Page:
According to a document found by Ars Technica, NASA has asked the industry for ideas on how to go about "maximizing the long-term efficiency and sustainability" of the Space Launch System (SLS) - both the rocket and its ground systems. This was not directed just at prime contractor Boeing, but at any company in the industry.
The request, which appears on the SAM.gov website in the form of a Request For Information (RFI), opens with the following explanation.
The National Aeronautics and Space Administration (NASA) invites industry to submit responses to this Request for Information (RFI) to assist NASA in maximizing the long term efficiency and sustainability of the Exploration Systems Development (ESD) programs, including the Space Launch System (SLS), Exploration Ground Systems (EGS) and Cross-Program Systems Integration (CSI) office by minimizing production, operations, and maintenance costs. NASA will use the information received from this RFI on a non-attribution basis for informing future acquisition(s) to address this challenge.
NASA says it sees itself as the "anchor tenant" of the system, and says they see themselves procuring one manned flight per year, which doesn't strike me as much of a pace of operations. They then say industry will "market" the large launch vehicle to other customers, including the science community and other government and non-government entities.
NASA says it wants to transition ownership of rocket production and ground services to the private industry. In return, this private contractor should build and launch the SLS at a substantial savings of 50 percent or more off of the current industry "baseline per flight cost."
The problem for us observers is that NASA has never published what that baseline cost is. We have seen some figures that imply that the cost would have to be over $1 billion per launch and possibly well over. In May of 2020, we found out that the first stage engines would cost $146 million per engine, so nearly $600 million ($584 m) for just the four engines of the booster core. That doesn't count the solid rocket boosters, the upper stage(s) or anything else. I don't think they could put the rest together for under $1 billion.
Ars asked the NASA communications office on Tuesday for this figure, but as of Wednesday morning there has been no response. In 2019, the White House Office of Management and Budget estimated the cost of one SLS launch a year at "over $2 billion." Subsequently NASA did not deny that figure, but it has not been transparent with taxpayers about the rocket's expected costs.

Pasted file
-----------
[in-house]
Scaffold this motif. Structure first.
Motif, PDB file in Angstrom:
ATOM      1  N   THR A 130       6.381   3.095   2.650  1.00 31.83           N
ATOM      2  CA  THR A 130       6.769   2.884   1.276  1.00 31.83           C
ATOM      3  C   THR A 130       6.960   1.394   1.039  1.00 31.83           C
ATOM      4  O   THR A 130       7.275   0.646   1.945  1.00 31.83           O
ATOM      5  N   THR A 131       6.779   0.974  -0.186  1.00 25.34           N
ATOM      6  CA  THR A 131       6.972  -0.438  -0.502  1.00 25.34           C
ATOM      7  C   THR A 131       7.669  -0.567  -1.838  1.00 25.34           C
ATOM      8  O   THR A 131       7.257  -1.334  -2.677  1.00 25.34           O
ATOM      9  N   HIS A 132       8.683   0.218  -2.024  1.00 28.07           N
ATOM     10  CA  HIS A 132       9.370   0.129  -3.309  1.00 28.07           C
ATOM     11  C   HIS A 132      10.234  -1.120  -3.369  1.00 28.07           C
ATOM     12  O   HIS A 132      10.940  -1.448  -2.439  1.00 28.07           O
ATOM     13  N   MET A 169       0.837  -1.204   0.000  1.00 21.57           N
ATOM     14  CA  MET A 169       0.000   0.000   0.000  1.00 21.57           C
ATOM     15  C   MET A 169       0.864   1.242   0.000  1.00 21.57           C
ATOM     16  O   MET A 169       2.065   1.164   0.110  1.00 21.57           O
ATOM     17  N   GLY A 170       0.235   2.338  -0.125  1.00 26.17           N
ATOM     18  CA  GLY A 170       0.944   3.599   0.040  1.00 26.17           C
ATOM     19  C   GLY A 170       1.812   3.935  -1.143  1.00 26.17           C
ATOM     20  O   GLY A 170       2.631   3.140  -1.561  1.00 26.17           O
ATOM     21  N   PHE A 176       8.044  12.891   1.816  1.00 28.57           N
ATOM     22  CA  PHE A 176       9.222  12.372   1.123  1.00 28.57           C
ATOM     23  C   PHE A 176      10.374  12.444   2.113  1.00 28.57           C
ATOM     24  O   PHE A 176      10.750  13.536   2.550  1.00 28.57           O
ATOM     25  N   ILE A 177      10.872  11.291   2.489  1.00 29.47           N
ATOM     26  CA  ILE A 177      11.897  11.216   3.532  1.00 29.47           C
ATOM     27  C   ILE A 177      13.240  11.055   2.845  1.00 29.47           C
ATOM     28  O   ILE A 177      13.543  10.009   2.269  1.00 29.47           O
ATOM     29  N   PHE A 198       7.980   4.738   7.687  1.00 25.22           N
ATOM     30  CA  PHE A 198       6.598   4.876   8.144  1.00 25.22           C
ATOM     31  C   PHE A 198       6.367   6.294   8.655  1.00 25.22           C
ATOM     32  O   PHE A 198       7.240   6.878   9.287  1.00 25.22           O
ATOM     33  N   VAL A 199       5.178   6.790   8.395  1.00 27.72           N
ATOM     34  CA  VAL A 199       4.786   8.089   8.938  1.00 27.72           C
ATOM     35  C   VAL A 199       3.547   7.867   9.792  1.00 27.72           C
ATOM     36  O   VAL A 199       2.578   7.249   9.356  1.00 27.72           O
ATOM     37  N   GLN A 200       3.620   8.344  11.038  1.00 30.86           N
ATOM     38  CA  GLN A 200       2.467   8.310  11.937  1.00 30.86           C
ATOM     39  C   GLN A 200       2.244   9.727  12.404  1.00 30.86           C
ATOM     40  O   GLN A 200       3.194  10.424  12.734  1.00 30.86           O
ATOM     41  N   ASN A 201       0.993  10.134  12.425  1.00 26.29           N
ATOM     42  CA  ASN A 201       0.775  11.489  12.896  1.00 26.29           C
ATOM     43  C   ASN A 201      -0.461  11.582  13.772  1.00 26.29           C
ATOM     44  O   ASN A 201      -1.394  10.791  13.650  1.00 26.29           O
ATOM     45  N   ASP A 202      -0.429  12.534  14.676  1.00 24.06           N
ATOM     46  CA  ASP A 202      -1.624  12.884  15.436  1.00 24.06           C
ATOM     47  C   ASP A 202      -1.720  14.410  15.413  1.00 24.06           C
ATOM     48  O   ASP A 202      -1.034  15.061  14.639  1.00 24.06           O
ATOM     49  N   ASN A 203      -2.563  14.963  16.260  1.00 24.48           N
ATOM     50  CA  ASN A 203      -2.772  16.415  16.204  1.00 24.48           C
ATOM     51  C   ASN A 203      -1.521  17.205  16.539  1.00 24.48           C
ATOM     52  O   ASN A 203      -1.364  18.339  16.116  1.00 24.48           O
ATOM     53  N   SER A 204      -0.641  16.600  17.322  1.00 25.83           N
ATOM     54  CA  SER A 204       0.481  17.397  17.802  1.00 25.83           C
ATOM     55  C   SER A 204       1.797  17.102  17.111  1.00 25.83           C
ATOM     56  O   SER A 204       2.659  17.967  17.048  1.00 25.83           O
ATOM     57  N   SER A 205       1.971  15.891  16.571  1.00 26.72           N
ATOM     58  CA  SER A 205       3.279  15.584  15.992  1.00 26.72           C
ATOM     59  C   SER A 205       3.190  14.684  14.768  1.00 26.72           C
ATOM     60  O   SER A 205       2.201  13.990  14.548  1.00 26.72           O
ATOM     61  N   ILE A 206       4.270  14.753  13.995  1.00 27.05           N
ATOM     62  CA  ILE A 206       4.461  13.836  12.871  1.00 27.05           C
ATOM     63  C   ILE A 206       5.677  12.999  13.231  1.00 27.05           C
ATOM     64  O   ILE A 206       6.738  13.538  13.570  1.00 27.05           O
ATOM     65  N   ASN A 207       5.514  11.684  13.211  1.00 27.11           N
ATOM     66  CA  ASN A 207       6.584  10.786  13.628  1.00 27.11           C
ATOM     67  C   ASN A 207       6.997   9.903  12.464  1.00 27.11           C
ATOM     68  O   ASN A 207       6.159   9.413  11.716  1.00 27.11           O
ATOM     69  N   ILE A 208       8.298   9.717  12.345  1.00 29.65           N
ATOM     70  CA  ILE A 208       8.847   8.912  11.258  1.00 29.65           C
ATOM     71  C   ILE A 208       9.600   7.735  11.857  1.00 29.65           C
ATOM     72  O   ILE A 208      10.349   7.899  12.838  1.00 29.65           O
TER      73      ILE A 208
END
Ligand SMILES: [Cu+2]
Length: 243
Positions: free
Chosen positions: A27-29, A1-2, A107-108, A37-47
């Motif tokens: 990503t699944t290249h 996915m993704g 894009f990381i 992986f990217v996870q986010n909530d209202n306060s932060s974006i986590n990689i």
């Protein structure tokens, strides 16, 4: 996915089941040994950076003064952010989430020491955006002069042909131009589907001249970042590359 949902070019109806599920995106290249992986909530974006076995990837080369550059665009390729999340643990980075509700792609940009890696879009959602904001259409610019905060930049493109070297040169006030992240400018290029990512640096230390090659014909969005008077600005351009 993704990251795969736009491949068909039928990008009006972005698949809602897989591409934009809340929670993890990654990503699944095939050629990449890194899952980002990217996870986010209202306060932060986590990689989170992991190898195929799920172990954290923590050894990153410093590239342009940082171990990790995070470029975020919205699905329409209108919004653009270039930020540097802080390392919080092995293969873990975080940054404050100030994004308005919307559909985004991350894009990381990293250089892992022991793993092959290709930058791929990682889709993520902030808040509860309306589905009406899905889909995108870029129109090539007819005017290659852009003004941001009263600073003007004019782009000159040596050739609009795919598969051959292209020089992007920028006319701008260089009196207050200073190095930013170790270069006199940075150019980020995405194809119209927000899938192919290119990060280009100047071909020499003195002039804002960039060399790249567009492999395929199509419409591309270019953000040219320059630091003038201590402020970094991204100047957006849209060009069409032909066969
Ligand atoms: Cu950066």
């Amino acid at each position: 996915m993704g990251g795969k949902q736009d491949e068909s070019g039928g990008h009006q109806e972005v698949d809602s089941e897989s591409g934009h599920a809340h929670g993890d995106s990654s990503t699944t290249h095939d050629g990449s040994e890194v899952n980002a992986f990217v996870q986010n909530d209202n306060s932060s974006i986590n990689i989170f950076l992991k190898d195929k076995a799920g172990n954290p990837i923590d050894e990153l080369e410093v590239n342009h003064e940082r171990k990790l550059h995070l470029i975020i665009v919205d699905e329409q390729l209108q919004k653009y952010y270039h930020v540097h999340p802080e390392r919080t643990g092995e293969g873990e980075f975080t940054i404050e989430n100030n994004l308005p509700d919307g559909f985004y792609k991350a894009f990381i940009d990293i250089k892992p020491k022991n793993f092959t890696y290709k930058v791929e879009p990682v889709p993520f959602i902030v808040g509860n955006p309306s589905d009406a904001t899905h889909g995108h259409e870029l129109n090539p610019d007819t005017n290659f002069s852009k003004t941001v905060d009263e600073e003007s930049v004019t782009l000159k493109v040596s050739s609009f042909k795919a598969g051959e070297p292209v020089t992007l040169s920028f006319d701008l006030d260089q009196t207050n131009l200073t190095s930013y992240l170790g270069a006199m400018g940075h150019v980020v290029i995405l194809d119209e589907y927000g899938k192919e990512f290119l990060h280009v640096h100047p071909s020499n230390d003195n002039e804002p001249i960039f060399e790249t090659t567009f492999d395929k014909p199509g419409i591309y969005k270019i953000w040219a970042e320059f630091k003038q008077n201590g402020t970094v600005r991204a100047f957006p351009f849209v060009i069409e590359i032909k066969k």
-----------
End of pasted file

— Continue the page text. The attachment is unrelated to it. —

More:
There's an ironic story here. The SLS was first started as a make-work program in 2011 for companies from the Shuttle era, partly architected and pushed by Florida Senator (at the time) Bill Nelson. He proudly announced the SLS would be delivered on time and under budget.
“This rocket is coming in at the cost of... not only what we estimated in the NASA Authorization act, but less,” Nelson said at the time. “The cost of the rocket over a five- to six-year period in the NASA authorization bill was to be no more than $11.5 billion. This costs $10 billion for the rocket.” Later, he went further, saying, "If we can't do a rocket for $11.5 billion, we ought to close up shop."
As most of you know, a decade latter Bill Nelson is the NASA administrator, he's still pushing the SLS, the rocket still hasn't flown, its first flight has slipped yet again to 2022, and while they've gotten farther in the last year than at any time before now, the cost is over $30 billion so far. If not being able to "do a rocket for $11.5 billion" is a clue for being time to close up shop, not being able to do it for $30 billion should lead to the doors being nailed shut and the shop razed.
It's arguable that the SLS is a relic of the Apollo age; put it all up in one giant stack. It makes me wonder about the prospects of using SLS until 2050 as parts go obsolete and impossible to get. Virtually all of the new space companies are moving in the direction of reusability. SpaceX has obviously led this effort, but other launch companies,
including Blue Origin, United Launch Alliance, Rocket Lab, Relativity
Space, and others, are all working on reusable hardware. The European, Chinese, Japanese, and Russian space industries are
as well. After reusable boosters come refuelable upper stages, tug "boats" in space,
and in-space assembly. All of those can be launched into orbit on
smaller and more affordable rockets.
NASA Artist's Concept of SLS.
NASA will hold a virtual "industry day" on its SLS request on November
10 and desires responses from industry by January 27, 2022.